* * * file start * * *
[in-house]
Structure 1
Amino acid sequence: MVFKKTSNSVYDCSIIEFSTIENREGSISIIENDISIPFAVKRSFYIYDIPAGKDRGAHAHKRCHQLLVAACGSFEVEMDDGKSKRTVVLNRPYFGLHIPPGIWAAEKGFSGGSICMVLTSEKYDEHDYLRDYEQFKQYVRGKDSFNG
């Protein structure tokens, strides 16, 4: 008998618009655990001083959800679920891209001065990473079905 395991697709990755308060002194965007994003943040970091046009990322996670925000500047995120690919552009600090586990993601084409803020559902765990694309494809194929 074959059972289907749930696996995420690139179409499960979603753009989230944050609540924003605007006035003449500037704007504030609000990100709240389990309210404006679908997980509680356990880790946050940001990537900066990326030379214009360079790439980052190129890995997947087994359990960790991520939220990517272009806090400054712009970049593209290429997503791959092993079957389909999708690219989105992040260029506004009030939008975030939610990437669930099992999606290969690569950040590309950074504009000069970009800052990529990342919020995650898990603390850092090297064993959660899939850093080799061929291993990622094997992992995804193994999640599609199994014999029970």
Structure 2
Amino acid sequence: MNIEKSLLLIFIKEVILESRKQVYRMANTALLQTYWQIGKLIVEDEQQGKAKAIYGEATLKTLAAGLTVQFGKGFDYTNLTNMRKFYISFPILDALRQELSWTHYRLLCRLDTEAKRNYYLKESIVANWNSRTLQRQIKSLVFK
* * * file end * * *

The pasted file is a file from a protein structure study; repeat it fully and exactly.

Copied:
[in-house]
Structure 1
Amino acid sequence: MVFKKTSNSVYDCSIIEFSTIENREGSISIIENDISIPFAVKRSFYIYDIPAGKDRGAHAHKRCHQLLVAACGSFEVEMDDGKSKRTVVLNRPYFGLHIPPGIWAAEKGFSGGSICMVLTSEKYDEHDYLRDYEQFKQYVRGKDSFNG
């Protein structure tokens, strides 16, 4: 008998618009655990001083959800679920891209001065990473079905 395991697709990755308060002194965007994003943040970091046009990322996670925000500047995120690919552009600090586990993601084409803020559902765990694309494809194929 074959059972289907749930696996995420690139179409499960979603753009989230944050609540924003605007006035003449500037704007504030609000990100709240389990309210404006679908997980509680356990880790946050940001990537900066990326030379214009360079790439980052190129890995997947087994359990960790991520939220990517272009806090400054712009970049593209290429997503791959092993079957389909999708690219989105992040260029506004009030939008975030939610990437669930099992999606290969690569950040590309950074504009000069970009800052990529990342919020995650898990603390850092090297064993959660899939850093080799061929291993990622094997992992995804193994999640599609199994014999029970």
Structure 2
Amino acid sequence: MNIEKSLLLIFIKEVILESRKQVYRMANTALLQTYWQIGKLIVEDEQQGKAKAIYGEATLKTLAAGLTVQFGKGFDYTNLTNMRKFYISFPILDALRQELSWTHYRLLCRLDTEAKRNYYLKESIVANWNSRTLQRQIKSLVFK